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Abstract — Current cellular subscribers have a geographic phone number (e.g., in AMPS and U.S. digital cellular systems) or a number which contains the network provider’s identity (e.g., in GSM), and whenever subscribers register or receive (and possibly, originate) a call, a home location register (HLR) database has to be queried. The wired infrastructure supports a function called global title translation (GTT) that converts the subscriber’s number to an HLR database address. A special feature of next generation wireless access service will be to support personal communication services (PCS’s) and wireless subscribers with portable personal numbers, or nongeographic phone numbers (NGPN’s), that do not indicate the service provider or HLR database serving the user. In addition, the GTT function may not be available when the wired backbone is an ATM network. Thus a key function required in future wireless access systems with wired ATM backbones will be the ability to translate an NGPN to the identity of the HLR which serves the subscriber, a process we call NGPN translation. (Note that the same functionality is also needed for subscribers with local, portable phone numbers.) We discuss the requirements of NGPN translation and some alternative schemes. We propose two schemes for fast, efficient, scalable and flexible NGPN translation which use ideas of dynamic hashing, caching, and indirection. The schemes use a hash function in the visiting location registers (VLR’s) (or serving SCP) and a set of distributed translation servers which store the NGPNtoHLR mapping. We discuss how the operations required to maintain the translation information can be performed. Finally, we perform a simplified analysis of the scalability of the alternative schemes as well as the hashbased schemes we propose. Index Terms—Home location register, global title translation, visiting location registers. I.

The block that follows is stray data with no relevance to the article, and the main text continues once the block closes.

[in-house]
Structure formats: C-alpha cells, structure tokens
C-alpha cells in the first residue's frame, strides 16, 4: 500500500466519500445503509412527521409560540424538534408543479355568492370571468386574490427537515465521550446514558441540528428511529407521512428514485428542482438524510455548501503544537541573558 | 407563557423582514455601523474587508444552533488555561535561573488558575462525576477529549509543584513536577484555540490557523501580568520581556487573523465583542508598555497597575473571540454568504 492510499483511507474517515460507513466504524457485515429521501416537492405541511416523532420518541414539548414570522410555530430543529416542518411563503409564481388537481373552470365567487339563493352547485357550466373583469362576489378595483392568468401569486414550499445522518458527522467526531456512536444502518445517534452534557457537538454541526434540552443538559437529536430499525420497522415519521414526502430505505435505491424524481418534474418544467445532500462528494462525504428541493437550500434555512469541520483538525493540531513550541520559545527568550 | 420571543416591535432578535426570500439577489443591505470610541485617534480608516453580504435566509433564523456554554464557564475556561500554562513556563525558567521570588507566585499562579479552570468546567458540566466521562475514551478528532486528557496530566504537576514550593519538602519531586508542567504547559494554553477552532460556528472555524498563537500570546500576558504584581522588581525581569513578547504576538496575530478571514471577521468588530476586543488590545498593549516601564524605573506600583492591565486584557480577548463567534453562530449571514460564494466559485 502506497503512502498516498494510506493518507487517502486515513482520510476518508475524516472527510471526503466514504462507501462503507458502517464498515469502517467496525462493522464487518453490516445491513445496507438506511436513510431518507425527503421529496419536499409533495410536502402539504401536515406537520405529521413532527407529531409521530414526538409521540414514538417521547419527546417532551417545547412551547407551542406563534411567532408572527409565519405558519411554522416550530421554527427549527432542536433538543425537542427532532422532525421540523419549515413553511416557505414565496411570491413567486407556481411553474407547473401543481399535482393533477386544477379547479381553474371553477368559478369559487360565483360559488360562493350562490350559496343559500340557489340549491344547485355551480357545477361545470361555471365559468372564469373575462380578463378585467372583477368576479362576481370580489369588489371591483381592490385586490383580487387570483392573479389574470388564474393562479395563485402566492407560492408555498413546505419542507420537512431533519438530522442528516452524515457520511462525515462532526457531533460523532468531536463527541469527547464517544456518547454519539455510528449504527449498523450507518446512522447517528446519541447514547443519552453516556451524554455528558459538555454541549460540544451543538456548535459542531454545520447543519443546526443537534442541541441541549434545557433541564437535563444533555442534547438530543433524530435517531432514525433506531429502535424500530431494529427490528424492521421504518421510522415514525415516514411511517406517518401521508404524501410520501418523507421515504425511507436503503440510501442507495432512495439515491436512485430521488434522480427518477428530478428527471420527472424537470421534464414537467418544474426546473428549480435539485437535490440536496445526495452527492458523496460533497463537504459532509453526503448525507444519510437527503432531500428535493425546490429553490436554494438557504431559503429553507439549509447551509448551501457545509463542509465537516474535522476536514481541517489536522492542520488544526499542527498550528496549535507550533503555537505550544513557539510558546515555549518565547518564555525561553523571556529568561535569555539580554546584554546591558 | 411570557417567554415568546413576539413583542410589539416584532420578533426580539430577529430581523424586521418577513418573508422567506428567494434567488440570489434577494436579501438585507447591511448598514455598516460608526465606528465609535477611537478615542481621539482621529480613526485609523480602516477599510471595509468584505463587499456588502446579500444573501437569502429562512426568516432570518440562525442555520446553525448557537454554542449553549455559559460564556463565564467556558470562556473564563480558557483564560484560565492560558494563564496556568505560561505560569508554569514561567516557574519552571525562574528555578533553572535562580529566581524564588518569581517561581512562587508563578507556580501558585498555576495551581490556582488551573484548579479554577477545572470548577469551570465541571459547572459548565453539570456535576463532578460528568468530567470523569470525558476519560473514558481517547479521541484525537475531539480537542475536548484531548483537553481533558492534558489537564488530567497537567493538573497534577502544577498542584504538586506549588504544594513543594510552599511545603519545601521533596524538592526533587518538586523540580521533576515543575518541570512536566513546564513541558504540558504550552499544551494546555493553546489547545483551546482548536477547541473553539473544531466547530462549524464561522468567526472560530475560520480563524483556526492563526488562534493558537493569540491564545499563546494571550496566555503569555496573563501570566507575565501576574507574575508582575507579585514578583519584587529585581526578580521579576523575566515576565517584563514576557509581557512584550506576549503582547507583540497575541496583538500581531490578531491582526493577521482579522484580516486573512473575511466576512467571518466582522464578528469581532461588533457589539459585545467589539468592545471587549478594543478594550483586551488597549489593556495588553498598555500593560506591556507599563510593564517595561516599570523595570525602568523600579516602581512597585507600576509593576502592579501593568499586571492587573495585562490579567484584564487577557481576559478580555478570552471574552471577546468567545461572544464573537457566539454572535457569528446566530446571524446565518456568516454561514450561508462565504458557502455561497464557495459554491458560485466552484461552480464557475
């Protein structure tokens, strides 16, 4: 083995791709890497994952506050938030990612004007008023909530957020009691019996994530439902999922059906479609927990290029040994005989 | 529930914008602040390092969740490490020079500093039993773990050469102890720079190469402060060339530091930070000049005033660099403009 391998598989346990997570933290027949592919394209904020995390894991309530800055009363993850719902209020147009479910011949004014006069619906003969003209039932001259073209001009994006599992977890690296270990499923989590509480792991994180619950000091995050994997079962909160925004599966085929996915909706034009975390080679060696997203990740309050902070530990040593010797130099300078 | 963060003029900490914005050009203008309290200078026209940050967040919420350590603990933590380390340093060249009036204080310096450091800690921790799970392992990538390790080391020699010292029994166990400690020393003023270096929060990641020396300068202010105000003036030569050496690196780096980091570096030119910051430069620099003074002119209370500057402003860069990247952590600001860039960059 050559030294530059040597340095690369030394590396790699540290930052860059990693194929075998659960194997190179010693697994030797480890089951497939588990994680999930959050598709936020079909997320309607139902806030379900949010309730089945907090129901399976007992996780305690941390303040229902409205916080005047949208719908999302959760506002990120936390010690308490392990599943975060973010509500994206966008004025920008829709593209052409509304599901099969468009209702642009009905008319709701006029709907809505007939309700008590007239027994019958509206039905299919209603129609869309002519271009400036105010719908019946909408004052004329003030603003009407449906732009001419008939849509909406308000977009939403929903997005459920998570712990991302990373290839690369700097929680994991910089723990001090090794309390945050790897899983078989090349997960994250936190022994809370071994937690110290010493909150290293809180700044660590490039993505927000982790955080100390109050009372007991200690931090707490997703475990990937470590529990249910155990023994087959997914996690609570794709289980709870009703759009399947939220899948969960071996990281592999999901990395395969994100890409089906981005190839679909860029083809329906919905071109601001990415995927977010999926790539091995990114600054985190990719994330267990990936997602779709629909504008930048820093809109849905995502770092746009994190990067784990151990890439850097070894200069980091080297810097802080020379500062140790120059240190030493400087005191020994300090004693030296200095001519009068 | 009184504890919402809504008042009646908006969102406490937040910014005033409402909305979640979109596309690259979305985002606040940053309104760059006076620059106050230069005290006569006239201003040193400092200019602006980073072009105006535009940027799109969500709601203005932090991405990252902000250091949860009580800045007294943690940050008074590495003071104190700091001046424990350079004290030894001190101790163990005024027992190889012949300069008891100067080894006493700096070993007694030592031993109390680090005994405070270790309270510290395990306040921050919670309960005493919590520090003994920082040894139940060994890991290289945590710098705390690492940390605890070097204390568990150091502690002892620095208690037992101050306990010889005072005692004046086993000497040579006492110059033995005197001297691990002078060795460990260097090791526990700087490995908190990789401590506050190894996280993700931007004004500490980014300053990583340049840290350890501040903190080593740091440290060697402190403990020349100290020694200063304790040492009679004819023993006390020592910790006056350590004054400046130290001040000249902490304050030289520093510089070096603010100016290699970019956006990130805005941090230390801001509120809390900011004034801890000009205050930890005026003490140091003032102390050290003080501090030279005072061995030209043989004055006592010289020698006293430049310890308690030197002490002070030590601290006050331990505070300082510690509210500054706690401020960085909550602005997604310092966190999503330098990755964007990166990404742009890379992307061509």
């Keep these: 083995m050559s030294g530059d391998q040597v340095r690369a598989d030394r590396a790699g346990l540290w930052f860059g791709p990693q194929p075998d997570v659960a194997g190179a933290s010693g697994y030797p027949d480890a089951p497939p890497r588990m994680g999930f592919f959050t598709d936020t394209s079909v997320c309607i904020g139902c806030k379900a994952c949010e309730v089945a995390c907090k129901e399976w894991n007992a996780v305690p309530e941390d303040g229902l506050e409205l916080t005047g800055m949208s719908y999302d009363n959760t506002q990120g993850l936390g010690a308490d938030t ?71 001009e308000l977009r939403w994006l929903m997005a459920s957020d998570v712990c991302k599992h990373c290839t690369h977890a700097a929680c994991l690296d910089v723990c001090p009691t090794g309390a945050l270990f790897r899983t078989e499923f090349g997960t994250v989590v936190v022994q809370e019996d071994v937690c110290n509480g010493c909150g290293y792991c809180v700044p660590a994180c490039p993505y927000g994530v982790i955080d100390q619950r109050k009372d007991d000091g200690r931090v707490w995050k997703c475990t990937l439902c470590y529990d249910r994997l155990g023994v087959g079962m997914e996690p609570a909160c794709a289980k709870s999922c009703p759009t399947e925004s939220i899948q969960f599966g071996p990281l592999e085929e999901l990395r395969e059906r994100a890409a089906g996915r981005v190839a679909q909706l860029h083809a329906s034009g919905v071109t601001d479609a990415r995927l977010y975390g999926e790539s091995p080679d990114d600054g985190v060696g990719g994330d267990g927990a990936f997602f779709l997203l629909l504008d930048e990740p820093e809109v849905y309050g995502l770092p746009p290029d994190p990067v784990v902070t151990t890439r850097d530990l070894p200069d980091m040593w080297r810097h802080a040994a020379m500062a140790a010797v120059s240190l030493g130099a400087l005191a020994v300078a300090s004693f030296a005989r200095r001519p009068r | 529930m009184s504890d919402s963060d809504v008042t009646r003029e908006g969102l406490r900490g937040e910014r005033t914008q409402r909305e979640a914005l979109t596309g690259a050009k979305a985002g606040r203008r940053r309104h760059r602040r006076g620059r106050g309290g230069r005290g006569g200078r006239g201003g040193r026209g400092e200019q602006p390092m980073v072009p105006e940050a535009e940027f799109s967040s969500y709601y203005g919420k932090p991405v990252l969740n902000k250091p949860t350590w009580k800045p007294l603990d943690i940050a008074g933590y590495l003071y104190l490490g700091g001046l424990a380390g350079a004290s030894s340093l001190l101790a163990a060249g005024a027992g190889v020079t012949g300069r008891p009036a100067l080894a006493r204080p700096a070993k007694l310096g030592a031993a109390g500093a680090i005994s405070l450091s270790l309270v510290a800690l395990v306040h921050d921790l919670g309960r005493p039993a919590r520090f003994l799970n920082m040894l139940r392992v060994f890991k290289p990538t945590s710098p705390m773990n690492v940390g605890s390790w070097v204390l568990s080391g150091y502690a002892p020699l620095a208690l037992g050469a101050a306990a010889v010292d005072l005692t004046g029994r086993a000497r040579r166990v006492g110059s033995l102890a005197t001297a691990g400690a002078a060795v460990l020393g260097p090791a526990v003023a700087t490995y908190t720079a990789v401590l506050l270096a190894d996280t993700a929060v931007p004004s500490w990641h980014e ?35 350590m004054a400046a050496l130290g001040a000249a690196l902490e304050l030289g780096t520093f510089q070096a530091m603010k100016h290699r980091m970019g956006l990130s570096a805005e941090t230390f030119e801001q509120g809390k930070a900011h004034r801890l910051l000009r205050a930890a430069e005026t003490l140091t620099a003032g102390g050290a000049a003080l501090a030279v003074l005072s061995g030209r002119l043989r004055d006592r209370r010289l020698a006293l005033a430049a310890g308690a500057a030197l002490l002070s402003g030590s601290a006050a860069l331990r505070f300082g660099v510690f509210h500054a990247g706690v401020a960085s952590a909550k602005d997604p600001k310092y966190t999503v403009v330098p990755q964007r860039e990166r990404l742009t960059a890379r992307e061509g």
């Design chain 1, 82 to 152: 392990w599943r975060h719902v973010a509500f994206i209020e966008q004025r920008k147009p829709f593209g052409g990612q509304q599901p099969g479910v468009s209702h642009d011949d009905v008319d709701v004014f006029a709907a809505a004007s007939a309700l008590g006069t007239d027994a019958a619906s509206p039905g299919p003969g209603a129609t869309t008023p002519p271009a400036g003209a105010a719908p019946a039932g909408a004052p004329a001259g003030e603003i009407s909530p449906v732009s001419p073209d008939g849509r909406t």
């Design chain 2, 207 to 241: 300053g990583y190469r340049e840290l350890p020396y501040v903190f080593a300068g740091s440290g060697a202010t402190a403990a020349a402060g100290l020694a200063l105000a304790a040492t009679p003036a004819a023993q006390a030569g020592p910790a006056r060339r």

Priority Queues and Multisets
 ELECTRONIC J. COMBINAT
, 1995
"... A priority queue, a container data structure equipped with the operations insert and deleteminimum, can reorder its input in various ways, depending both on the input and on the sequence of operations used. If a given input oe can produce a particular output ø then (oe; ø ) is said to be an allow ..."
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Cited by 4 (1 self)
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A priority queue, a container data structure equipped with the operations insert and deleteminimum, can reorder its input in various ways, depending both on the input and on the sequence of operations used. If a given input oe can produce a particular output ø then (oe; ø ) is said to be an allowable pair. It is shown that allowable pairs on a fixed multiset are in onetoone correspondence with certain kway trees and, consequently, the allowable pairs can be enumerated. Algorithms are presented for determining the number of allowable pairs with a fixed input component, or with a fixed output component. Finally, generating functions are used to study the maximum number of output components with a fixed input component, and a symmetry result is derived.